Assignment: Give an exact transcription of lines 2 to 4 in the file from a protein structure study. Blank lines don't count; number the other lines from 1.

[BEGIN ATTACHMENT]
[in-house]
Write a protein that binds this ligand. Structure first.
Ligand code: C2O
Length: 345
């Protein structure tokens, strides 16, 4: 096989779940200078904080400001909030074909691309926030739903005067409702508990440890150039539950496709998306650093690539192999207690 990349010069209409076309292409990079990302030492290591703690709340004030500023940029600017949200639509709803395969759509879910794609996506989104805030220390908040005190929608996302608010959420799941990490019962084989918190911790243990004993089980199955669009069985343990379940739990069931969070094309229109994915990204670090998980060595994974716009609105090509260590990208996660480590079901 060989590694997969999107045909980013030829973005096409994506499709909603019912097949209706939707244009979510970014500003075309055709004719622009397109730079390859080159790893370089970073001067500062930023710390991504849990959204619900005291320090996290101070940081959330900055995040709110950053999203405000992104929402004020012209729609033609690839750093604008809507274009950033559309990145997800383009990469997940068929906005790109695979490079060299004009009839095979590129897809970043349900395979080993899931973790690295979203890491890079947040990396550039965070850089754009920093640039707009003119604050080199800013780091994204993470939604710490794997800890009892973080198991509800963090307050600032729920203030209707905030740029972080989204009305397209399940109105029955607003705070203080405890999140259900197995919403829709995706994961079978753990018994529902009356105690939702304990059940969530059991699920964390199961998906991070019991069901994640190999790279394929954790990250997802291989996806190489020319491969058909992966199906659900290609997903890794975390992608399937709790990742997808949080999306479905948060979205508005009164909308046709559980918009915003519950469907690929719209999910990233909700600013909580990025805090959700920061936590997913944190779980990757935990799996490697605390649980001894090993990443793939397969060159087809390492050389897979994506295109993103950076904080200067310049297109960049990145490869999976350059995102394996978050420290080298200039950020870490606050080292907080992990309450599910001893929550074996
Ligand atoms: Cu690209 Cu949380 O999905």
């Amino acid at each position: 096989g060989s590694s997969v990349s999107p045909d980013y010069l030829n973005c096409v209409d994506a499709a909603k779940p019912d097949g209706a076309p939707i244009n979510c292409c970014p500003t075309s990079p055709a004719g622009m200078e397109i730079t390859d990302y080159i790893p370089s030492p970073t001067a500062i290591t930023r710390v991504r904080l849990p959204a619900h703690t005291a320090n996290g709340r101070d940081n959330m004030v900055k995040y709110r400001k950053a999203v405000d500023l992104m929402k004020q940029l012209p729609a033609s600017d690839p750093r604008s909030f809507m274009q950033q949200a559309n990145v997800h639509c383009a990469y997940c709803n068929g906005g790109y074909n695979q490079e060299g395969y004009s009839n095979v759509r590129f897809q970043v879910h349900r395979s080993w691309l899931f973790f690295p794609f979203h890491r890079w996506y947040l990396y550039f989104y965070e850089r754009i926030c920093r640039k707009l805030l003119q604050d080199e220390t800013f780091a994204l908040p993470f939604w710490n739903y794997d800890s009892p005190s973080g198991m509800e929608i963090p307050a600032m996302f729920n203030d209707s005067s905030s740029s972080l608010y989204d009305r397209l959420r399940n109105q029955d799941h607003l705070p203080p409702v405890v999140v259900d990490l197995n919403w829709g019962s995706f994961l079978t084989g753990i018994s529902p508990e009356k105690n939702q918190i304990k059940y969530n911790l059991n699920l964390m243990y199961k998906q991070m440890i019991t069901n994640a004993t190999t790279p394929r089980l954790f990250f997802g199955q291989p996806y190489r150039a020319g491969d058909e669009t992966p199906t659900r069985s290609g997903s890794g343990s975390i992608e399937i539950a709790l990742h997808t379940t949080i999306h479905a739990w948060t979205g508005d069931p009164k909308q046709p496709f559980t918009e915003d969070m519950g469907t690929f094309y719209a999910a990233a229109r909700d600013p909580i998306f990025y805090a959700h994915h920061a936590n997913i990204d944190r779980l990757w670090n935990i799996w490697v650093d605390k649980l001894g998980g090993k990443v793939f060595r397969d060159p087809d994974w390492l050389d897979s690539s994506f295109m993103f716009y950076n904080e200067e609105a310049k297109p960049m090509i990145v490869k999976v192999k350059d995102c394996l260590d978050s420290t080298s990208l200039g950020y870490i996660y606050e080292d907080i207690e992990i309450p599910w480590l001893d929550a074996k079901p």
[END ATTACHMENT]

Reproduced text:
Write a protein that binds this ligand. Structure first.
Ligand code: C2O
Length: 345